A lesbian couple who were stopped from moving to New Zealand by their daughter’s sperm donor after a $1million legal battle have said they do not regret letting him spend time with her.
Susan Parsons had a daughter with her partner Margaret using sperm from her gay friend Robert Masson in 2007.
He had agreed on the understanding he would be able to spend time with his child, especially if she wanted to get to know him.
Susan Parsons had a daughter with her partner Margaret using sperm from her gay friend Robert Masson in 2007 (stock image)
During his daughter’s early years, Mr Masson moved from Sydney to Newcastle to be nearer to his daughter and got to know her after spending time together with the consent of her mother.
He is named as the girl’s father on her birth certificate and was actively involved in the lives of her and her younger sister from another sperm donor, with both calling him ‘daddy’.
But troubles arose in 2014 when Mr Masson discovered Susan and Margaret were planning to move across the Tasman with the girls aged seven and six at the time.
Mr Masson said he only learned the shocking news from another father while waiting to pick up their kids from school.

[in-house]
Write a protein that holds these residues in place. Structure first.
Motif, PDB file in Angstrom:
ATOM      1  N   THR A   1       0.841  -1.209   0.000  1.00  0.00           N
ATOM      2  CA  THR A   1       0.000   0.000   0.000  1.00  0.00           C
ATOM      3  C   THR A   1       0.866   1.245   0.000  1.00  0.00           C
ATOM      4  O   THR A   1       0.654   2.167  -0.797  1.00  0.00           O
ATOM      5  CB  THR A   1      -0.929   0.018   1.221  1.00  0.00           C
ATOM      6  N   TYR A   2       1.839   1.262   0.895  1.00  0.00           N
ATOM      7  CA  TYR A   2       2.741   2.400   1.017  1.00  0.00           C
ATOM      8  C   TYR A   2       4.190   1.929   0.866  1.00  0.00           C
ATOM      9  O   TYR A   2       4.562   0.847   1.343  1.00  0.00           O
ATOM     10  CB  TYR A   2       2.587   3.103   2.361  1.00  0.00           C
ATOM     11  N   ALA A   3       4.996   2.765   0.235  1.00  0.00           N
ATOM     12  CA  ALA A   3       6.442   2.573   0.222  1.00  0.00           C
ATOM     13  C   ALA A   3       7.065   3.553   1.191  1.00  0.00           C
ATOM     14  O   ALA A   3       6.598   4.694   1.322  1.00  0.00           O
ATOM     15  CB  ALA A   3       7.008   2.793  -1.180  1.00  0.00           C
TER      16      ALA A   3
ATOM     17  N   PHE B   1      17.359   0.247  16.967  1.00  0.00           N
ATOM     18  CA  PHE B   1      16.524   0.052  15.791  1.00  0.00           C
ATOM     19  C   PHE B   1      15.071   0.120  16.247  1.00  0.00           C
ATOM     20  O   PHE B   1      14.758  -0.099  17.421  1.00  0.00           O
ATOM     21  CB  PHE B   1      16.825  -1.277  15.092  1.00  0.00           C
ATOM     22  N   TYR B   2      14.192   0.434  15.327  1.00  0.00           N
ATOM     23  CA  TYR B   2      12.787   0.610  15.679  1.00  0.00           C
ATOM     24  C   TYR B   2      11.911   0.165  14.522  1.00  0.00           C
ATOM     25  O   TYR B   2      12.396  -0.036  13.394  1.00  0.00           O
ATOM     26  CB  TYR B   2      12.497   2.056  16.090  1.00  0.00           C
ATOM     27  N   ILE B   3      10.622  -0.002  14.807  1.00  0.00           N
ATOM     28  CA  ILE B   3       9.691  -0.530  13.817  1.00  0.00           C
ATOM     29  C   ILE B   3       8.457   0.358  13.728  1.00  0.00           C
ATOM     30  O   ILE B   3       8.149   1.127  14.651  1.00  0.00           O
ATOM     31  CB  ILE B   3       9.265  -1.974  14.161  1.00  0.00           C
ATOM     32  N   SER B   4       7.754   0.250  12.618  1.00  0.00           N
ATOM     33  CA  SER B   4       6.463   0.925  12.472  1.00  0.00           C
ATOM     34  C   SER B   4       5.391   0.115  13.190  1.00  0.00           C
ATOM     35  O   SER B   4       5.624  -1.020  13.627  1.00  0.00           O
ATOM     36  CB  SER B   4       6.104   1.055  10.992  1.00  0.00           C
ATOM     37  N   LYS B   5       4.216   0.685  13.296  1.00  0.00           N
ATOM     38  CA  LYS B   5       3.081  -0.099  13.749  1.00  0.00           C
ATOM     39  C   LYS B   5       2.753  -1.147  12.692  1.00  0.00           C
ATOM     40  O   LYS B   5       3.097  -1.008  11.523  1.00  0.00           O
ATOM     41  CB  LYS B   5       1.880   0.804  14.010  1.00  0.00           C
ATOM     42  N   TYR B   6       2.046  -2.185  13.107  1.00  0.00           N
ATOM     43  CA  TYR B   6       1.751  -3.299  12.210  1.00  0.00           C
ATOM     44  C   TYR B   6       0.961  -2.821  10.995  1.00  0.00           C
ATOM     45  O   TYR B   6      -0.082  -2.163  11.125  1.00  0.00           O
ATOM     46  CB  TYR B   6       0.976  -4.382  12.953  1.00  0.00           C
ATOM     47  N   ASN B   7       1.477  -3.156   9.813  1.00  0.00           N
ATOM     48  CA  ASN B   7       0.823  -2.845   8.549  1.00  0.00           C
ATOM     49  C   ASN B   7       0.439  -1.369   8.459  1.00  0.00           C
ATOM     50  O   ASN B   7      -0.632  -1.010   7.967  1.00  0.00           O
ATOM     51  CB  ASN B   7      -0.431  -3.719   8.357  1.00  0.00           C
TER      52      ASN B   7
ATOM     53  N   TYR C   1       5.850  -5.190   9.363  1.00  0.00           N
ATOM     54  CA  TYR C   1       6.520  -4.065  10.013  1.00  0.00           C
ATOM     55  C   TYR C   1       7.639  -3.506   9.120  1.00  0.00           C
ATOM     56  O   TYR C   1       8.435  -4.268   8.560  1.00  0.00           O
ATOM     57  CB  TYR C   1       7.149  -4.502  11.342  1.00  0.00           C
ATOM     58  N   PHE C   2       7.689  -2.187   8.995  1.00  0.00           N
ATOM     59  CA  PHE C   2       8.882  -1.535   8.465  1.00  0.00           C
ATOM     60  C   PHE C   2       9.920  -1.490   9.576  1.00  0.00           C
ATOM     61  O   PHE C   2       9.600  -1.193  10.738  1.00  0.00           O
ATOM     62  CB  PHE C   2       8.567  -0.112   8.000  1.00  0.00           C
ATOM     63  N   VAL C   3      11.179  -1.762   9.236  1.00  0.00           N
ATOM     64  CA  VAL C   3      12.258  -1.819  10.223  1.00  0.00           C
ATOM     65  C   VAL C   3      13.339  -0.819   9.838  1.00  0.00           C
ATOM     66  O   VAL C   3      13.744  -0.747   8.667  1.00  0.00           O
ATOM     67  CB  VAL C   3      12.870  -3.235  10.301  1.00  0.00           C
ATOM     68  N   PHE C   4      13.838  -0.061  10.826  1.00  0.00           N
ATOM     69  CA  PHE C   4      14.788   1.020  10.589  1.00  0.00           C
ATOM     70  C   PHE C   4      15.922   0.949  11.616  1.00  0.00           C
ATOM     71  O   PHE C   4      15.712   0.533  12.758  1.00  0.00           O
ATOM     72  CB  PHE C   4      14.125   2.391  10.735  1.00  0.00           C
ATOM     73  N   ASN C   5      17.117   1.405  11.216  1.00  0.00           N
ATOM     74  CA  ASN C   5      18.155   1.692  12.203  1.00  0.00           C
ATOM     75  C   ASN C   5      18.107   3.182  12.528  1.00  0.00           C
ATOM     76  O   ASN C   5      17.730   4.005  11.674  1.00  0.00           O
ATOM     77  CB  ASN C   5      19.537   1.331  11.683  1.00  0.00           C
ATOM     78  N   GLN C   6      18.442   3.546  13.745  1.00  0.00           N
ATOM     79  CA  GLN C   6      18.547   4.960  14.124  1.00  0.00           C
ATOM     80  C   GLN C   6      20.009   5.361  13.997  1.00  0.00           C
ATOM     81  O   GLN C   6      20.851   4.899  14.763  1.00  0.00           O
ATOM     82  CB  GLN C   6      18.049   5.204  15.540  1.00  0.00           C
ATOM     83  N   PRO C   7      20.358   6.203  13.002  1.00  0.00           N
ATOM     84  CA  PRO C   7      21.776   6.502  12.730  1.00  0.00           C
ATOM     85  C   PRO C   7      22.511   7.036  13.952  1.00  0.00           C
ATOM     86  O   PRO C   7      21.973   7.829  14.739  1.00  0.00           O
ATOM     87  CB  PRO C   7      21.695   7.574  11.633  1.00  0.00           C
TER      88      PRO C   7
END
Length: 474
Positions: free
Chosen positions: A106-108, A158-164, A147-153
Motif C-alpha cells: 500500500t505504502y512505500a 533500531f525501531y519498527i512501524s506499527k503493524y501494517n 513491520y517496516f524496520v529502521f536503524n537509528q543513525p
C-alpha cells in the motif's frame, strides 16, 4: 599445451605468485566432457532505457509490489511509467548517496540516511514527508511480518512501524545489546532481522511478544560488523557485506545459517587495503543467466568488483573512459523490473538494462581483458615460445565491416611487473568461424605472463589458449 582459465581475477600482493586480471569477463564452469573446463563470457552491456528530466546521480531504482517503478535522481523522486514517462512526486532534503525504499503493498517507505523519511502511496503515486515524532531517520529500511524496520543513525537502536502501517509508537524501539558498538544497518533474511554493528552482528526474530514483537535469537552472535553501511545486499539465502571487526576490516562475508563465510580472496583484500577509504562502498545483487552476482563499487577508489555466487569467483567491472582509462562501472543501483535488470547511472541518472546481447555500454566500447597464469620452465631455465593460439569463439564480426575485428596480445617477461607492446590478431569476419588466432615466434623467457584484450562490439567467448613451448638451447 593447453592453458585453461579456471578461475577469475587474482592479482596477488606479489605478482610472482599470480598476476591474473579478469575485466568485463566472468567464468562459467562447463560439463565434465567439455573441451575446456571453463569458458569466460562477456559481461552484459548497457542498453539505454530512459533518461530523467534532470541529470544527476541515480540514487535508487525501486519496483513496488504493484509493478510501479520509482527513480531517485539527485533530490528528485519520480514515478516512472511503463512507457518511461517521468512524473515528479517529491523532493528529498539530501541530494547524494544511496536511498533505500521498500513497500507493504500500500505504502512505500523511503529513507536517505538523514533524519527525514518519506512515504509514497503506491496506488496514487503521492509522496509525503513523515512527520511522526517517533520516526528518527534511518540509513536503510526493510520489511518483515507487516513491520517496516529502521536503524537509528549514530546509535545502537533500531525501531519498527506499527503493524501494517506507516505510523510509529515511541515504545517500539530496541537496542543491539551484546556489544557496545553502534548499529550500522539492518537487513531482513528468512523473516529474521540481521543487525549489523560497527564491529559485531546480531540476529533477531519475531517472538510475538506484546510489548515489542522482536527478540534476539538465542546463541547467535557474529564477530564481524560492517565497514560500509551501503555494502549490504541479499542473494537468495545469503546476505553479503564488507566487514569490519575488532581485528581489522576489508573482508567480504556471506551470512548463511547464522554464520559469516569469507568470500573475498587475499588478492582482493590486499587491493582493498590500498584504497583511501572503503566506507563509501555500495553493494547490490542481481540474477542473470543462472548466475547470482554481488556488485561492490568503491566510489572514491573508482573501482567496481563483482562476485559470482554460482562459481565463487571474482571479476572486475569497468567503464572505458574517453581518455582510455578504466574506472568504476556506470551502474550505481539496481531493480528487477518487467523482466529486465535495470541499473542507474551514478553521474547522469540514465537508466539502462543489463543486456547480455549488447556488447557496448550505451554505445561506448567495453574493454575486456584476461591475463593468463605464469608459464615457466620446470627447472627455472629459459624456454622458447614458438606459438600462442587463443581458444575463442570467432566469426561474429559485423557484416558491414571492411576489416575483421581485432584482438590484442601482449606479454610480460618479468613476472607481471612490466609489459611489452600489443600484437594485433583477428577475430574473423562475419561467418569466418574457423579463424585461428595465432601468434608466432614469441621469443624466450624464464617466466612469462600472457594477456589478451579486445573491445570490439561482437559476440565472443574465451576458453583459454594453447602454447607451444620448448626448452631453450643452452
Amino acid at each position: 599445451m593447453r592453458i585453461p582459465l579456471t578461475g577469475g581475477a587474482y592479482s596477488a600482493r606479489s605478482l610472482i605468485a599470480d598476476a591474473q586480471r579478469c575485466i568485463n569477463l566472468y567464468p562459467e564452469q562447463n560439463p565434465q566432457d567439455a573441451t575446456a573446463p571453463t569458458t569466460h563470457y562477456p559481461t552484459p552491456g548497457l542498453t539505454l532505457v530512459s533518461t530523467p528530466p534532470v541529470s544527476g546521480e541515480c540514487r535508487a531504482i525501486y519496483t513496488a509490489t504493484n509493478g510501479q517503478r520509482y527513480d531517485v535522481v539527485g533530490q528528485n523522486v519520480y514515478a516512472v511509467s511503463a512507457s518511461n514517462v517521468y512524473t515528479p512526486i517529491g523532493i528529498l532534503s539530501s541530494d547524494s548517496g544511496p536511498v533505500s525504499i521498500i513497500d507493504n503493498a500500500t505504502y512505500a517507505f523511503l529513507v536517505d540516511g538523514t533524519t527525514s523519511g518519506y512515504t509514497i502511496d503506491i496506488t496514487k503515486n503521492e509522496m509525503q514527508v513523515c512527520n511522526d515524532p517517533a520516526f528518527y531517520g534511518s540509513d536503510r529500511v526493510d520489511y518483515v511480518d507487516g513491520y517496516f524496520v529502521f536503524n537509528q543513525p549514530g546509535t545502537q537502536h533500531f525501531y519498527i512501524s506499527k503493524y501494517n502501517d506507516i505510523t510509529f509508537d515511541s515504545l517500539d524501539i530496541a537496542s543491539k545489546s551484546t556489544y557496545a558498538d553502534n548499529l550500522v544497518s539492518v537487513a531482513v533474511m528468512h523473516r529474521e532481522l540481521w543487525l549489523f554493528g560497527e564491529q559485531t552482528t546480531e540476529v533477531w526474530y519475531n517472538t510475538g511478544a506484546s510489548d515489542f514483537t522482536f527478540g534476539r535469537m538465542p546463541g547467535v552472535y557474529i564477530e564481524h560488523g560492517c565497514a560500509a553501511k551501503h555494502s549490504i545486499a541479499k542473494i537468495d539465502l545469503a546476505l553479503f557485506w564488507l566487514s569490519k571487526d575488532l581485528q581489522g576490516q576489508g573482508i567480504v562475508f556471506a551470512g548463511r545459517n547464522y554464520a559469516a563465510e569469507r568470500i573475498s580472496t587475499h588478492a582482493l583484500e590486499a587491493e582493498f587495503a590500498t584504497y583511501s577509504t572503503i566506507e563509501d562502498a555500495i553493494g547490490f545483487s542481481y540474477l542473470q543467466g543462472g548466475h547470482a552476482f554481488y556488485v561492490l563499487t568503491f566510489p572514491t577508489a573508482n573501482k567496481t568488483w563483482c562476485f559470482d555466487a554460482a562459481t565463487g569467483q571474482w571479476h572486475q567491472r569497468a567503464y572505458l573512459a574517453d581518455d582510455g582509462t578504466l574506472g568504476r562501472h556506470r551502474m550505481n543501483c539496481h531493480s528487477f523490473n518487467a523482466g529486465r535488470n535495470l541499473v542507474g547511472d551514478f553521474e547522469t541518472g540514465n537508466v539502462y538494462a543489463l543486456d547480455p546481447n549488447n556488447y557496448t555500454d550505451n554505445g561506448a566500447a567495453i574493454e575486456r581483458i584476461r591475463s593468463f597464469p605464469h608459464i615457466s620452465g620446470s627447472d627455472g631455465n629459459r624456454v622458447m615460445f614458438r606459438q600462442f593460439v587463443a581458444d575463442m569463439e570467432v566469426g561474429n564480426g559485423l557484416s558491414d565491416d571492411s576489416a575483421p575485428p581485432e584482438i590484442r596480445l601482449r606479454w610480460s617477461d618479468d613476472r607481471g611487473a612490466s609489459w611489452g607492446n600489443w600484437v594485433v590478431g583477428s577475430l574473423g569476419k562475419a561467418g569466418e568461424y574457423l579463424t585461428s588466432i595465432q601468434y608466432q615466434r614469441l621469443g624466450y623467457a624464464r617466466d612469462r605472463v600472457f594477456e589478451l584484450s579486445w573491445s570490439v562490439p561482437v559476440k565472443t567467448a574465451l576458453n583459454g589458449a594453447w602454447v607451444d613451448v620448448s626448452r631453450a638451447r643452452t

He took the couple to court and won a landmark High Court ruling that he was the girl’s legal father and could stop her from moving to New Zealand.
Now, Margaret and Susan (court pseudonyms), have spoken out for the first time since the ruling to say they do not regret letting Mr Masson spend time with his daughter.
‘I don’t regret the time that we gave him. I regret his action,’ Susan told the ABC.
She said her daughters were asked about the court battle at school and one had asked her ‘why is it happening to us?’
‘I feel for the children I regret what’s happened to them,’ Susan said.
The donor had agreed on the understanding he would be able to spend time with his child, especially if she wanted to get to know him (stock image)
She said when she agreed to accept Mr Masson’s sperm, she did not expect him to end up spending as much time as he did with their daughter.
‘The agreement we made with him was that he would be a donor and that he would be known to the child, especially if the child wanted to know their origins,’ she said.
Susan said Mr Masson had told her he would be working in China for years and agreed to let him see his daughter whenever he returned to Australia.
She said he did travel for the first years of their daughter’s life but then moved to Newcastle and played an increasingly large role.
In 2014, after Margaret was diagnosed with bowel cancer, he started asking for more time with the girls.
Susan said when she agreed to accept Mr Masson’s sperm, she did not expect him to end up spending as much time as he did with their daughter (stock image)
‘Probably the week after my diagnosis, which was a big shock, he then started hassling us for more time with the children, it was a very bad time,’ Margaret told the ABC.
When they tried to move away to New Zealand that year, Mr Masson stopped them.